There is widespread speculation that a senior North Korean official who made a surprise visit to Beijing was Supreme Leader Kim Jong-un.
Japanese media outlets first reported that a high-profile figure had arrived via a North Korean diplomatic train and was met with tight security.
South Korea said it did not know the official’s identity, but that it was trying to verify the situation.
It would be Mr Kim’s first foreign visit since taking office in 2011.
There has been no official comment from North Korea, while China’s foreign ministry said it had “no information for the moment”, but more would “be published in due course”.
Why does this matter?
A visit by Mr Kim to Beijing would be seen as a significant development.
Last month, US President Donald Trump accepted an unprecedented invitation to meet Mr Kim, and officials are believed to be working behind the scenes to work out the complex diplomatic requirements.
Analysts have said the North Korean and Chinese leaders would be likely to meet before that summit goes ahead. China is North Korea’s main economic ally.
What do we know about the visit?
Japanese media reported on the train’s arrival into Beijing on Monday evening. Footage of the train from the Tokyo-based Nippon News Network showed a green carriage with yellow horizontal lines.
People in Beijing described seeing “unusual” scenes, including tightened security outside the train station, and tourists being ushered out of the capital’s Tiananmen Square, which usually signals a high-level meeting in the Great Hall of the People there.
Bloomberg cited three unnamed sources as saying the visitor was Mr Kim.
But analysts speaking to South Korea’s Yonhap news said the official could also be Mr Kim’s younger sister Kim Yo-jong, who recently made an appearance at the Winter Olympics in South Korea, or military official Choe Ryong-hae.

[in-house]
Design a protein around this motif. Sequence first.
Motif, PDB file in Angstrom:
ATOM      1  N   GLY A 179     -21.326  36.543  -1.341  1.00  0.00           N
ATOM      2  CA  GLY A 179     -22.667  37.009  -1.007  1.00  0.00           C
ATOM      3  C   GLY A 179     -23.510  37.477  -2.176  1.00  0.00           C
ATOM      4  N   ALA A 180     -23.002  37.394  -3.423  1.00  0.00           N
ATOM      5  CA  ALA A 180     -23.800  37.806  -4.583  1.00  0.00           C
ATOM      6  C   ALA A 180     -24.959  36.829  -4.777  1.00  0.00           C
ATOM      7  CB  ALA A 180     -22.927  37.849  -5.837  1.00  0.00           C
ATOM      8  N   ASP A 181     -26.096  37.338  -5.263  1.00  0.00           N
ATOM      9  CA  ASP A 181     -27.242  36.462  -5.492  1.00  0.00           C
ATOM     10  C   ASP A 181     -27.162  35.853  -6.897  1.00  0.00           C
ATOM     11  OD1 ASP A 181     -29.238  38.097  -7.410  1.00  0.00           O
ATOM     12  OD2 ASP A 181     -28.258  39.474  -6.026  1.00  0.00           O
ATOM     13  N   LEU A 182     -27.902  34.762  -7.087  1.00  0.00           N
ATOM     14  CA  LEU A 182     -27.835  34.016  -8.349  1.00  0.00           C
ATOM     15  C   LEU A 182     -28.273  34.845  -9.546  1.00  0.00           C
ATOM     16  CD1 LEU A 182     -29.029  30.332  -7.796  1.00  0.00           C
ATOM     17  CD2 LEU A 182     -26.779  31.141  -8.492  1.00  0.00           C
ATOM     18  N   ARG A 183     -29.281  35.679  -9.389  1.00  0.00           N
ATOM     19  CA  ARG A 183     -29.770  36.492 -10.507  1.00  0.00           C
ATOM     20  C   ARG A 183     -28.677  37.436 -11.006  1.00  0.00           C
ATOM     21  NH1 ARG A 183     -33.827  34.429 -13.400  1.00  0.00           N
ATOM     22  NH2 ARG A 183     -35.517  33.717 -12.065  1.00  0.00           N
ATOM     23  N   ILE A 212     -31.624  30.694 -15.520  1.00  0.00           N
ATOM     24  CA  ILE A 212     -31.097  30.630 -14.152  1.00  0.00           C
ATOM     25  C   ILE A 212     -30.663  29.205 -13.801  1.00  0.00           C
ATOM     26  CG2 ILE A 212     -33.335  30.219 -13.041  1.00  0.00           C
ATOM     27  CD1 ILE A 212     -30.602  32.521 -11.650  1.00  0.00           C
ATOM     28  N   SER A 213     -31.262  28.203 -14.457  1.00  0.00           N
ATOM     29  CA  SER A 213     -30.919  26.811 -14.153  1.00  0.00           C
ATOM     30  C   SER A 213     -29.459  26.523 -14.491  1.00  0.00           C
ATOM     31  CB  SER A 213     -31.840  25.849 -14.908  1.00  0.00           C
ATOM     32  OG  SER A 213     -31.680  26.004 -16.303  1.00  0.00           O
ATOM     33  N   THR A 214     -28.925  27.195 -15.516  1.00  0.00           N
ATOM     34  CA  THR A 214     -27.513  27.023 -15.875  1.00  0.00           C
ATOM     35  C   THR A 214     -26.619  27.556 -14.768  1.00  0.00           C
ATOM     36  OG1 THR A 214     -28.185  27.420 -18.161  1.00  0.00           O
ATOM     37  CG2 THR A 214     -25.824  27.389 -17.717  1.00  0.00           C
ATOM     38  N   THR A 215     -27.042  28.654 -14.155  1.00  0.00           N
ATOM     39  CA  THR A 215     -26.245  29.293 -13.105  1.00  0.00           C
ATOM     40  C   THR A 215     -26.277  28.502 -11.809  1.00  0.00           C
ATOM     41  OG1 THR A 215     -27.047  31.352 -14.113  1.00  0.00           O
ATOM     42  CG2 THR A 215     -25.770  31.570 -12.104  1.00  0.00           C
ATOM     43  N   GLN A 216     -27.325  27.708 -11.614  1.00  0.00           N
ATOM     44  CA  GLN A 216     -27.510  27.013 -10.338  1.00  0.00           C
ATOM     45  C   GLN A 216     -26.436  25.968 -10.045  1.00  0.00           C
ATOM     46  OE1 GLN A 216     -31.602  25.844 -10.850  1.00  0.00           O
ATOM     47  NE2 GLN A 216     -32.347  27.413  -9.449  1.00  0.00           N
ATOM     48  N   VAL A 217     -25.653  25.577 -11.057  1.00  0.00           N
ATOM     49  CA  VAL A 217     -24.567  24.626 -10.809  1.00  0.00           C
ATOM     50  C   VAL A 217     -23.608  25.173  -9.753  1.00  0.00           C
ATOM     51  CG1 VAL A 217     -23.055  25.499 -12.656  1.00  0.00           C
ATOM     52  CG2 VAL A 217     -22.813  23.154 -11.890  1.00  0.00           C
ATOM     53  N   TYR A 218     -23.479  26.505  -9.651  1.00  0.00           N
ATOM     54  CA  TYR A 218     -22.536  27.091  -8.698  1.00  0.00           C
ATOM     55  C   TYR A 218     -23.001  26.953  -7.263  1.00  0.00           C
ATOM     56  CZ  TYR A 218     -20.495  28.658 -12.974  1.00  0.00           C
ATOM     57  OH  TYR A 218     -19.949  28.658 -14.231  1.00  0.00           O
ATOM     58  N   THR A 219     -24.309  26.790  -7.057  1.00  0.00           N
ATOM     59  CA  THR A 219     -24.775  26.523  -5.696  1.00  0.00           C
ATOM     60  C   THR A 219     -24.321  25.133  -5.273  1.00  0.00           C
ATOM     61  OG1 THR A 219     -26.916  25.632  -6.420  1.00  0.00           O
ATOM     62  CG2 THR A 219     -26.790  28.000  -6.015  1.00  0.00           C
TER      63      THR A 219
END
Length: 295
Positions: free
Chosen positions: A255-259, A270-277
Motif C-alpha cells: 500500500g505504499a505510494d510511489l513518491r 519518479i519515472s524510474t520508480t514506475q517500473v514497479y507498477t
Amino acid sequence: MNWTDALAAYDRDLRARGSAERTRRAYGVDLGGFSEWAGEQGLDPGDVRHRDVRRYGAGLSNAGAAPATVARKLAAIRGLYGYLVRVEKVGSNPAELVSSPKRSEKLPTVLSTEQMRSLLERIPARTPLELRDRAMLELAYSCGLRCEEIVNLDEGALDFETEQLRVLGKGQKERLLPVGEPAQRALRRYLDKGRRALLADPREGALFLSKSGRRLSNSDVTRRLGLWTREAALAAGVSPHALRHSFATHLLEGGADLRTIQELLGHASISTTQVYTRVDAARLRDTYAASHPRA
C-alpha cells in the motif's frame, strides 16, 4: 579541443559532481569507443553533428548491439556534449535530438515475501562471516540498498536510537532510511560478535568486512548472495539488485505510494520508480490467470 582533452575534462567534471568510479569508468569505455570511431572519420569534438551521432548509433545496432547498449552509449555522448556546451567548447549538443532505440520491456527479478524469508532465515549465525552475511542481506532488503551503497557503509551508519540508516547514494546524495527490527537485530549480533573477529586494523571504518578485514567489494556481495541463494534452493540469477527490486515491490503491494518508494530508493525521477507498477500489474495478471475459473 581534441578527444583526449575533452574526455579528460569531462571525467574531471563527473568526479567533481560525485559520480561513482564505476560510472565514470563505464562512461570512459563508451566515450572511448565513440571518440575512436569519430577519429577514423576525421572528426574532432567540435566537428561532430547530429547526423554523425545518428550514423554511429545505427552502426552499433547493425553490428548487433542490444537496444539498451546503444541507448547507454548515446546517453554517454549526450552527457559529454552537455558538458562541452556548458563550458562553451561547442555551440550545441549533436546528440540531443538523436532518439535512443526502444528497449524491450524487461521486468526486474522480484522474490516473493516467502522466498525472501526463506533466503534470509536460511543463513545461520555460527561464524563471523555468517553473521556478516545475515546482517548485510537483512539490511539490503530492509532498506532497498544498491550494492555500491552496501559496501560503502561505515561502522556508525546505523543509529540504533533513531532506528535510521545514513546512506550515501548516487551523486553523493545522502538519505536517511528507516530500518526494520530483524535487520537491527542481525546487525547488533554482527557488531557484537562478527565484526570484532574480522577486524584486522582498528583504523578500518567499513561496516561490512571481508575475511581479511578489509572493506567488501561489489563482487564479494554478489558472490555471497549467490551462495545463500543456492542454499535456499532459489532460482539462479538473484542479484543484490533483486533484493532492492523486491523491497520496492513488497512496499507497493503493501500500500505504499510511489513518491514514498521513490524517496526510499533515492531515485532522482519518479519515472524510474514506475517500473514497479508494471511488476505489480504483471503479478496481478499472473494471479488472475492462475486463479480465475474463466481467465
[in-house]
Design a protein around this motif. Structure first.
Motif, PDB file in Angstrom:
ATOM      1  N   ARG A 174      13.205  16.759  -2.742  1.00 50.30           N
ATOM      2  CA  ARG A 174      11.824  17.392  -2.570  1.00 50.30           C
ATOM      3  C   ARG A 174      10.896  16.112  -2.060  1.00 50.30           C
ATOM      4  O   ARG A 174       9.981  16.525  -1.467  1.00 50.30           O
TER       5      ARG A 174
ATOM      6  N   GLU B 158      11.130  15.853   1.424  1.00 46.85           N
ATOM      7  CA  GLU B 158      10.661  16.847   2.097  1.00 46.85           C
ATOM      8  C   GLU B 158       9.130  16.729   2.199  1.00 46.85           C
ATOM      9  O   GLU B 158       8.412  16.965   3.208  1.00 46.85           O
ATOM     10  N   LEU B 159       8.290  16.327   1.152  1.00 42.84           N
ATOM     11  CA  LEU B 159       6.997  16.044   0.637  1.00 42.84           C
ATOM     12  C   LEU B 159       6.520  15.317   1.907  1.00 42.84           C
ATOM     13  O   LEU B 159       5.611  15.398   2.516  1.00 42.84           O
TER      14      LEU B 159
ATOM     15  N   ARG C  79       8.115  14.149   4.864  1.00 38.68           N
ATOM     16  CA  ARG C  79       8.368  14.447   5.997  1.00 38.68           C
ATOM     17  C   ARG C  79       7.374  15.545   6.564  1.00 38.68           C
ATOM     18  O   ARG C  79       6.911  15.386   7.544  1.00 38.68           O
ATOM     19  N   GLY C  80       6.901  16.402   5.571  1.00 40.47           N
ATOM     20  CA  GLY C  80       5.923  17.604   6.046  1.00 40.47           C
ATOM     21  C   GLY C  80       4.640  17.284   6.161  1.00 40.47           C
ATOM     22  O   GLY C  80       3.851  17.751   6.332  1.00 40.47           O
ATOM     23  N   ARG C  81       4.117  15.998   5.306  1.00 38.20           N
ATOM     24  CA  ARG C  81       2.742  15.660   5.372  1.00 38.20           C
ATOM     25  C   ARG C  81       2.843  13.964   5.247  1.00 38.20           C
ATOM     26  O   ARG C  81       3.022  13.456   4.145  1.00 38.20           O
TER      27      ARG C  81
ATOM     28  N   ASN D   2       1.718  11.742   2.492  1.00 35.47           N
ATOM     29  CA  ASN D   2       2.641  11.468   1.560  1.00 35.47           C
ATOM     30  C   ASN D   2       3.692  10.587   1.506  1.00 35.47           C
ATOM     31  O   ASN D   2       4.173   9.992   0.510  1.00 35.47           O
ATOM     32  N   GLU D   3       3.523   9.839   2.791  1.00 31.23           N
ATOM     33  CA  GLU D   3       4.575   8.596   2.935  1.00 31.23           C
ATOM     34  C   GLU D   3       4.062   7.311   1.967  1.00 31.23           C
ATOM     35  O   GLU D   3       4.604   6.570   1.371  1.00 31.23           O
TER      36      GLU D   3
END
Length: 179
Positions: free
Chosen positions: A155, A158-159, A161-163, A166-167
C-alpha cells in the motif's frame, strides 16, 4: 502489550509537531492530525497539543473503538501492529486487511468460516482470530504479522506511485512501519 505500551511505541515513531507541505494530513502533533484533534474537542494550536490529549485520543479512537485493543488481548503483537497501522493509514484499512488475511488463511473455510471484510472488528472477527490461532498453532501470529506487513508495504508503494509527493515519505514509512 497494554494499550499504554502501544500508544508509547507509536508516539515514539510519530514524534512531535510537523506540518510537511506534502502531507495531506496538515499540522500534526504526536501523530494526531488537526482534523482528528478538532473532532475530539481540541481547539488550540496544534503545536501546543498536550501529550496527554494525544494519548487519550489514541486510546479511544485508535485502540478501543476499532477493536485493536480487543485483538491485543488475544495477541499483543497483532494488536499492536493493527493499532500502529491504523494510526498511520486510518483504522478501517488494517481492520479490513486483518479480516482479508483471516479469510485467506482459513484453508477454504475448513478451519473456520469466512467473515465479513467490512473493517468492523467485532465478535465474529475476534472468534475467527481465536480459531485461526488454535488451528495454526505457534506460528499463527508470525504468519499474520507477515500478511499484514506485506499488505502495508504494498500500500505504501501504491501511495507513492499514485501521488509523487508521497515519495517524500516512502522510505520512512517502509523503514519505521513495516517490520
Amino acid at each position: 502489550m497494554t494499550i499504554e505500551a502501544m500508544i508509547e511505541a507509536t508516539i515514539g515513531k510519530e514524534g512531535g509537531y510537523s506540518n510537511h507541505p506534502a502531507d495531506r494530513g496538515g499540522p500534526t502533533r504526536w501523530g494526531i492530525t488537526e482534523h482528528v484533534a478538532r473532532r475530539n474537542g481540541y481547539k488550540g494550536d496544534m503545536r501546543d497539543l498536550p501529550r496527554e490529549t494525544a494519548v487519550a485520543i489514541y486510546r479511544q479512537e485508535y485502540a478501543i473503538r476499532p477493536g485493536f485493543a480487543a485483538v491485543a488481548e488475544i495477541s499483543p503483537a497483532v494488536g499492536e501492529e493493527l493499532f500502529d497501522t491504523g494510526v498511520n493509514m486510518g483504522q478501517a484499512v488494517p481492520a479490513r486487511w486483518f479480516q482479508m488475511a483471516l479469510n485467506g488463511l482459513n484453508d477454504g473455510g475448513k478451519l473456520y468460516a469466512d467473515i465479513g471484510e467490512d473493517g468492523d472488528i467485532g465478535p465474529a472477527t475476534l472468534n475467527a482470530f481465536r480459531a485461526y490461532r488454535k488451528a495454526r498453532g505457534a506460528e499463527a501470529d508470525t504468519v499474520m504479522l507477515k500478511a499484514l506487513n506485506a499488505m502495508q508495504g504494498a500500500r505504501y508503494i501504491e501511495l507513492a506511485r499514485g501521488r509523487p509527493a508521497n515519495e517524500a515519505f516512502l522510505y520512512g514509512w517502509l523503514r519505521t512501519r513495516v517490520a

“We have not confirmed yet who has travelled to Beijing,” said an official from the presidential office in Seoul. “We are carefully watching the situation… with all possibilities in mind.”
At the Chinese border city of Dandong, the main railway link between China and North Korea, similarly unusual scenes were also seen.
Specialist North Korean news website NK News (paywall) said it had obtained picturesshowing temporary boards blocking one entrance – though it said this may have been for construction work.
The train, believed to be carrying the North Korean delegation, pulled out of Beijing on Tuesday afternoon, although it is not clear where it is headed next.
It is not clear when North Korean or Chinese officials will release more details about the visit.
Mr Kim’s late father and predecessor Kim Jong-il had also made trips abroad by train, but these were often not confirmed until after the visits were over.
What do we know about the train?
Japanese media say the green and yellow train resembles the one used by Kim Jong-il when he visited China and Russia in 2011.
South Korean daily Chosun Ibo has previously reported that Kim Jong-Il’s armoured train featured about 90 carriages, and contained conference rooms, an audience chamber and bedrooms, with satellite phones and televisions installed for briefings.
According to reports, Kim Jong-il had several private trains, and, while travelling by train across Russia, had live lobsters air-lifted to the train each day.
Kim Jong-il and his father Kim Il-sung favoured trains to flights when visiting China and Russia, often attributed to a reported fear of heights, BBC Monitoring reports.
However, Kim Jong-un did sometimes travel by air before he became leader.
What could happen next?
There has been a flurry of diplomatic activity in recent weeks since ties between North and South Korea began improving at the start of this year.
Earlier in March, North Korea’s foreign minister attended talks in Stockholm with Sweden’s Prime Minister Stefan Liven, ahead of the as yet unarranged meeting between Mr Trump and Mr Kim.
The landmark US summit has been earmarked for May . It would be the first meeting between leaders of the US and North Korea.
Mr Kim is also set to meet his South Korean counterpart, Moon Jae-in, next month. (BBC)